“One of the masterpieces of French fantasy literature.” Jean-Michel Royer, 1984, Lire

“This book has the authenticity of lived dreams. Until the end and, in its simple and brief form, with its dramatic tension, its sumptuous imagination it captivates, it returns.” Jacqueline Piatier, 1967, Le Monde

“Everything in these pages shows that a deep truth exists and waits for us in the emotion. I see in it for my part a religion of the heart that gives possession of life and that opposes a fatal dissatisfaction where the hero finds himself master of himself only once defeated. In truth, Sisyphus is present in this book that I keep preciously close to me.” Jacques Chirac, 1984, Mairie de Paris

“An extraordinary and frightening epic of two castaways on an unknown island where fright and beauty, adventure and metaphysics compete for the leading roles.” Hervé de Saint-Hilaire, 1996, Le Figaro Littéraire

“The other side of the Mountain offers us both these outrages and this thirst for the summit. With in filigree the eternal questioning of the future of two castaways facing a hostile world. A brilliant style, a purity of language, a rare poetic breath. ” Jean Aubert, Les chroniques littéraires, 1985, La gazette du Val d’Oise

“Michel Bernanos’ The other side of the Mountain is an extraordinary work in its approach to nature and the environment.” Jeff Vandermeer, Science Fiction Author, 2017, Pennsylvania, USA

“The editors (The Weird), boldly suggest that the most beautiful strange tale of the 1960s was a novel by Michel Bernanos called “The Other side of the Mountain,” which they reprint in its entirety, newly translated by Gio Clairval. It is indeed a powerful, even mystical story.” Book world, 2012, The Washington Post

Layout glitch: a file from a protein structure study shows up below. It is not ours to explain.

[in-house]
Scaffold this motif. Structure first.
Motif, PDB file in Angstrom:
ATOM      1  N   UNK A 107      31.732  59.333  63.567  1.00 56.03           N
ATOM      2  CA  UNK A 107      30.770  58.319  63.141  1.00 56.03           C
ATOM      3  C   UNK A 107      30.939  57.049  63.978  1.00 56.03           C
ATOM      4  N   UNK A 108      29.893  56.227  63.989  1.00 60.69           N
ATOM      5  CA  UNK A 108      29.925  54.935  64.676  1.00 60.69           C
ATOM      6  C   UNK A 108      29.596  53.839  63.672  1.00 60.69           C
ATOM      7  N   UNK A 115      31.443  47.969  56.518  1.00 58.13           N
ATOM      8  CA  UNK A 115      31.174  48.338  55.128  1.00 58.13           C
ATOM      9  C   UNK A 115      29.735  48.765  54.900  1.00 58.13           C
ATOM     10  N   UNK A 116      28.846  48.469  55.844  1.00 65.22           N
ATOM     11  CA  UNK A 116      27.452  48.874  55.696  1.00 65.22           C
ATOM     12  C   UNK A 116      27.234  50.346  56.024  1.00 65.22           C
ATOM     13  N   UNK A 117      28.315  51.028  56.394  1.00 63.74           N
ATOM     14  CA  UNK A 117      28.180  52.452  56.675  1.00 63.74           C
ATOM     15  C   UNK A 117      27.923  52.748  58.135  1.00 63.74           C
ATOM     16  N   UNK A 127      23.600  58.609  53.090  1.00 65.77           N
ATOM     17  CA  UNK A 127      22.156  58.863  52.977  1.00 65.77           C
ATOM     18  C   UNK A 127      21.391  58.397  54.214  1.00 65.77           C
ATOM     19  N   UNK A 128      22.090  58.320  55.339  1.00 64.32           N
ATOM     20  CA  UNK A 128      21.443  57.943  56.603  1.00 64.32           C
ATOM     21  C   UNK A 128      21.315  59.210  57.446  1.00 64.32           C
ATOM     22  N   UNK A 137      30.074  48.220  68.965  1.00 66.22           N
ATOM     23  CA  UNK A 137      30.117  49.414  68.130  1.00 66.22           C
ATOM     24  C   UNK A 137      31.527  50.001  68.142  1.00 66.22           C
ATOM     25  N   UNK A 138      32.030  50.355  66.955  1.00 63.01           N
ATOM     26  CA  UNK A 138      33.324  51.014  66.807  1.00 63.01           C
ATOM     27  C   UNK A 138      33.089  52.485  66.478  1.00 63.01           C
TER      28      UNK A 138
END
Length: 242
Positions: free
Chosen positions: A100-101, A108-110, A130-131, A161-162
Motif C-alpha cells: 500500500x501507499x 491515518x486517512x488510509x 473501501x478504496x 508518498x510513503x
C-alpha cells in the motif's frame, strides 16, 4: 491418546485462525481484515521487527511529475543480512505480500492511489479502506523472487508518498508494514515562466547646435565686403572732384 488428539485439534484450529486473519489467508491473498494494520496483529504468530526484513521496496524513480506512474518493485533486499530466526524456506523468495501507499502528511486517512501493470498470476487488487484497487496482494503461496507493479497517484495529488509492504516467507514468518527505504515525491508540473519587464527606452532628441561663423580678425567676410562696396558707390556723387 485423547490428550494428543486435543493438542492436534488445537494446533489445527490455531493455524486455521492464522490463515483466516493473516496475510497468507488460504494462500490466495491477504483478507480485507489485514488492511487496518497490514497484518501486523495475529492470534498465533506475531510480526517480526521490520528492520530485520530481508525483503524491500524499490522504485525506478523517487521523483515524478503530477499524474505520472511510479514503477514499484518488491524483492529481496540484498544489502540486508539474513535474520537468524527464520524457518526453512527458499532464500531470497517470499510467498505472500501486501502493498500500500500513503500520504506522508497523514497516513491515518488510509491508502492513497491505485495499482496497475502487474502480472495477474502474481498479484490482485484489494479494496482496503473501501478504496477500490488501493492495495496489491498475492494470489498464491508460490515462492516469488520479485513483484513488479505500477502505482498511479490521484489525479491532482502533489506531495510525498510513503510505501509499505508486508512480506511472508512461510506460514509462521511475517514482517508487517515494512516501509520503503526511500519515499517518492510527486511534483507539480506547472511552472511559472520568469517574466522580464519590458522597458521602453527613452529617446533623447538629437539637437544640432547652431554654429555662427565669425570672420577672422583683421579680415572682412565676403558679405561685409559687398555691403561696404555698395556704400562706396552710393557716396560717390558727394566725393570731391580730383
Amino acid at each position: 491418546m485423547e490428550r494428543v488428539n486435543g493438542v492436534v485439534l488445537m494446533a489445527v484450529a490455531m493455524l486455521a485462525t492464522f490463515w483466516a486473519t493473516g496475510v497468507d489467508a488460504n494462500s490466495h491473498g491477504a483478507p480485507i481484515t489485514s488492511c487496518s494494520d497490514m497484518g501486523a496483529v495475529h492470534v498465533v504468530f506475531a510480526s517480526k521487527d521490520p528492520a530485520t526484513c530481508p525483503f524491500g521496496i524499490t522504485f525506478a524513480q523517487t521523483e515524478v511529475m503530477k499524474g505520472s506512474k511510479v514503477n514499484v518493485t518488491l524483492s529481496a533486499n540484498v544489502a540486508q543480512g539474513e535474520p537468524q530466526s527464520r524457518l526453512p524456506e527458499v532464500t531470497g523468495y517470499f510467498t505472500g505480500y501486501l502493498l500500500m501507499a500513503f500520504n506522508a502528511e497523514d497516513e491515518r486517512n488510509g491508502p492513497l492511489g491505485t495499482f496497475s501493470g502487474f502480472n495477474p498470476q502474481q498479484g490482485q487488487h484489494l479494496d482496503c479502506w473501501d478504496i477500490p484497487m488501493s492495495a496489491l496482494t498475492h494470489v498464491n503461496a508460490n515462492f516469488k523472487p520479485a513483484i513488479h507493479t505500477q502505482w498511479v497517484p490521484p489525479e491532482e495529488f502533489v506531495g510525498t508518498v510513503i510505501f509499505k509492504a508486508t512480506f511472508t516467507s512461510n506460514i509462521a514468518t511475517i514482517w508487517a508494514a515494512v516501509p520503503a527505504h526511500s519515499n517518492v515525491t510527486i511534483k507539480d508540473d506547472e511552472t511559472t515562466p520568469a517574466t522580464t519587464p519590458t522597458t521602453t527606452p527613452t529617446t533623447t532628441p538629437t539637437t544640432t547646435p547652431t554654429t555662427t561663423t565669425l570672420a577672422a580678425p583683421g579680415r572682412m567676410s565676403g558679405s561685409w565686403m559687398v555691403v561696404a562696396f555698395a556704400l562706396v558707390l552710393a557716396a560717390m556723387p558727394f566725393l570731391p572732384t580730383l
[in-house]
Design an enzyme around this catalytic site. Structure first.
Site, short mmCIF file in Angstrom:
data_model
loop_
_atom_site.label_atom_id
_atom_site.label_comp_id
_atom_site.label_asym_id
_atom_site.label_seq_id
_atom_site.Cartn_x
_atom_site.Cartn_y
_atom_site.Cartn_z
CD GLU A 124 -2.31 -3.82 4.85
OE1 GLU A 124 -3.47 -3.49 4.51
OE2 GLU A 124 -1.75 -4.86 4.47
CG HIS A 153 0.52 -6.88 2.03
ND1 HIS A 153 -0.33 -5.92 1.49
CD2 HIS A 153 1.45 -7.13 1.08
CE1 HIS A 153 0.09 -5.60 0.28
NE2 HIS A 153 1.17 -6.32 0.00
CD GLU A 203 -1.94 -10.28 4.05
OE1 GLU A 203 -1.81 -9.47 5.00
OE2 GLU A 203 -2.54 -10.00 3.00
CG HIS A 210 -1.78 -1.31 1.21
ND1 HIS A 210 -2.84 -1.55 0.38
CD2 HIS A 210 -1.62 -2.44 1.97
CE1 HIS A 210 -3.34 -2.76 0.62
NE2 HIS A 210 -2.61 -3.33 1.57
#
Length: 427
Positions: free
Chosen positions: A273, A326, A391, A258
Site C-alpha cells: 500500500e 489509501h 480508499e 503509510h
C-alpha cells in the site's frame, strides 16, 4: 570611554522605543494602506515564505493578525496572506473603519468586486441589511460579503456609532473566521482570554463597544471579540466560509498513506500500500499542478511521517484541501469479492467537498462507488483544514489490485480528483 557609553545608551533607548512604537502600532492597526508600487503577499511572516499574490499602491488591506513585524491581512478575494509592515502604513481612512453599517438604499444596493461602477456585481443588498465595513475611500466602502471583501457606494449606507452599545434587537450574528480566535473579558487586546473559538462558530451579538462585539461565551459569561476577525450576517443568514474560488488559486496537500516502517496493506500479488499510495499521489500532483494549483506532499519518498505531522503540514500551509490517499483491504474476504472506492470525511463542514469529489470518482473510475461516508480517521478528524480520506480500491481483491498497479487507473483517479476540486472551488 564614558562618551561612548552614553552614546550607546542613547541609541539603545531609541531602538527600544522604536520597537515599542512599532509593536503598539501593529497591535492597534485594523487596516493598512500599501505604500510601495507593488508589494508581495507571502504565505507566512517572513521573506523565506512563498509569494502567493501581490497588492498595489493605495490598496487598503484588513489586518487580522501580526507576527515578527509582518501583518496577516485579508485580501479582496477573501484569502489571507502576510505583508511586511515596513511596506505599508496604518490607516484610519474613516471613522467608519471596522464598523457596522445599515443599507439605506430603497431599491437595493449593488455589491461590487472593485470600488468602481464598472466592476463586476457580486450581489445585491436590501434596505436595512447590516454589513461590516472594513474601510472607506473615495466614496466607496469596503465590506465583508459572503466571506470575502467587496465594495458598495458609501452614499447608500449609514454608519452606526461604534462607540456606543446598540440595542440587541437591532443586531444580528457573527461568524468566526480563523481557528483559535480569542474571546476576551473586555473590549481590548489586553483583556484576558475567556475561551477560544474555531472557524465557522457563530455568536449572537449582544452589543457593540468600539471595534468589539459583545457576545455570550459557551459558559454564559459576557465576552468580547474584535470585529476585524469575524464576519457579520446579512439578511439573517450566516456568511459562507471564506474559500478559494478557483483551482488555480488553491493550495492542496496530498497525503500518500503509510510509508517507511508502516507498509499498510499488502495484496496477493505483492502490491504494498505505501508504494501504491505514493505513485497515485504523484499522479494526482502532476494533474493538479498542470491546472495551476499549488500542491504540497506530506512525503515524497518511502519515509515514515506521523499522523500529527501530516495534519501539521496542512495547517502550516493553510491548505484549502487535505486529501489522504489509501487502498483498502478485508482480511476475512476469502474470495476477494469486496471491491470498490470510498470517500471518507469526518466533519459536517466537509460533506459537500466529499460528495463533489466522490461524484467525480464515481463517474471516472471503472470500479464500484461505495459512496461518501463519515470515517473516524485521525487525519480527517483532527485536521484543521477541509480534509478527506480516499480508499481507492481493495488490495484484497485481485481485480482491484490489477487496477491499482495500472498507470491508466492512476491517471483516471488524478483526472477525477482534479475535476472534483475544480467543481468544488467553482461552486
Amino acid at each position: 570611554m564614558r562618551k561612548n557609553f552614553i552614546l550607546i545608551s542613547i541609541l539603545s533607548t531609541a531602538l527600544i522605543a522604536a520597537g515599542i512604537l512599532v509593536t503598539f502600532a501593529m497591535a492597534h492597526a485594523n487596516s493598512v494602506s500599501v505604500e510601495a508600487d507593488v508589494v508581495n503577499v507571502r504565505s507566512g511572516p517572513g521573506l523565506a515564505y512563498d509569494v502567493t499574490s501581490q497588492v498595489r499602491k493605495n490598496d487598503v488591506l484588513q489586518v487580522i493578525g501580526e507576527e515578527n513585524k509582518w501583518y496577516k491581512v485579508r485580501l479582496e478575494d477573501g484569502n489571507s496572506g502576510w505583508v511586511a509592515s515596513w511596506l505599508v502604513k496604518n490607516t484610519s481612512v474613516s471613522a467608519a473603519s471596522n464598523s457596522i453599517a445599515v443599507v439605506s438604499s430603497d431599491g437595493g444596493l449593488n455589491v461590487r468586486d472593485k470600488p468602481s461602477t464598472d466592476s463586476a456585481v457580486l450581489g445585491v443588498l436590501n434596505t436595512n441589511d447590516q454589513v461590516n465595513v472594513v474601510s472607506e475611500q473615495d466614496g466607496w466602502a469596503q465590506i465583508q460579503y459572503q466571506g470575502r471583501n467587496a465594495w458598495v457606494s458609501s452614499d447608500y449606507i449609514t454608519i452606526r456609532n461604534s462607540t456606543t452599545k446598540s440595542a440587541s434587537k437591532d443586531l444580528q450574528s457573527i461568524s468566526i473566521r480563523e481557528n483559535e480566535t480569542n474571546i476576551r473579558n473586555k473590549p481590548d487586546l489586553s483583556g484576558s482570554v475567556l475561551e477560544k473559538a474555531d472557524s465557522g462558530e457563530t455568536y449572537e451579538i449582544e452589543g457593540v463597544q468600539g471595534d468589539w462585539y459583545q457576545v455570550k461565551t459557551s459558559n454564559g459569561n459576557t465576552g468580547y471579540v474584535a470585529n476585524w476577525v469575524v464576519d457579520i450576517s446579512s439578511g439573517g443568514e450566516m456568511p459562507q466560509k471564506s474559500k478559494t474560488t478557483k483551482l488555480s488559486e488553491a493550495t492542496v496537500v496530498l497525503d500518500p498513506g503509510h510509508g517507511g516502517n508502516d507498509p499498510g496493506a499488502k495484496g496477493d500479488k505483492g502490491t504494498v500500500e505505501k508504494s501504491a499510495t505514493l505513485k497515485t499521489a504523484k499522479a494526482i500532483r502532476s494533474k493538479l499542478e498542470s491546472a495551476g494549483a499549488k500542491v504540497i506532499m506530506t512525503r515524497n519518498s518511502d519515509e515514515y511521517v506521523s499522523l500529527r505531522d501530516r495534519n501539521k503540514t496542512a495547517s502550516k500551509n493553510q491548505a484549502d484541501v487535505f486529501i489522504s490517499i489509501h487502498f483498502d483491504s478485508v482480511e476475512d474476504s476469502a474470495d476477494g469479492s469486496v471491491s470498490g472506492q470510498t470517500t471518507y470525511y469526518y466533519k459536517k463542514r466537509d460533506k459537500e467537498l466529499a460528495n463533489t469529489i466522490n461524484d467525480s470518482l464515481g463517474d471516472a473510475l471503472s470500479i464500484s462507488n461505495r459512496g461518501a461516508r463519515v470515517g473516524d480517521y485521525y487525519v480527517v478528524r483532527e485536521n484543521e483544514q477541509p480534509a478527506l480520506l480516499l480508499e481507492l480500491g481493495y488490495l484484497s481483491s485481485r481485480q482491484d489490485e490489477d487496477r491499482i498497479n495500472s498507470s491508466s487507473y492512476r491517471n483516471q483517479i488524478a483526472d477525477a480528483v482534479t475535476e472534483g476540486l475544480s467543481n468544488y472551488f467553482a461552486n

“The other side of the Mountain is a dark and beautiful exploration of interior landscapes, the craters of the mind. Statement, style and symbol – glaze upon glaze upon glaze – combine to create disquieting art. Do not fold, staple or disembowel, but read it.” John Leonard, 1969, New-York Times, USA

“Every so often a fable comes along which, by an interior magic, rises above the stock science fiction adventure story, asserts its own terms, and leans toward greatness. In the other side of the Mountain, Michel Bernanos, posthumously, has achieved this.” 1969, Boston Globe, USA

« The book is a gesture of absolute pessimism, a richly imaginative argument for the folly of survival. Its economy and metaphors of subconscious fear are memorable. » Bruce Williamson, 1969, Irish Times

« The other side of the mountain provides psothumous proof that Bernanos, at the time of his death, was beginning to find a depth and penetration out of reach of the average novelist. » Howard Eatwell, 1969, The Sunday Mirror

“In the simplicity of a perfectly orchestrated story, the reader will find himself transfigured by the dream into the world in which we live with its tensions, its anxieties, its absurdity…” Publicacoes Europa-America, 1967, Portugal

“Michel Bernanos writes more like a painter than a philosopher. His fantasy has a visual and colorful reality of extreme strength. The sounds are also very important. The senses are dilated : as if under the influence of a mysterious drug, sounds and lights reach extremely high intensities, smells are unbearable, the contact with nature is extremely perceptible. In this book, published posthumously, Michel Bernanos reveals a new writer.” Bompiani, 1970, Italy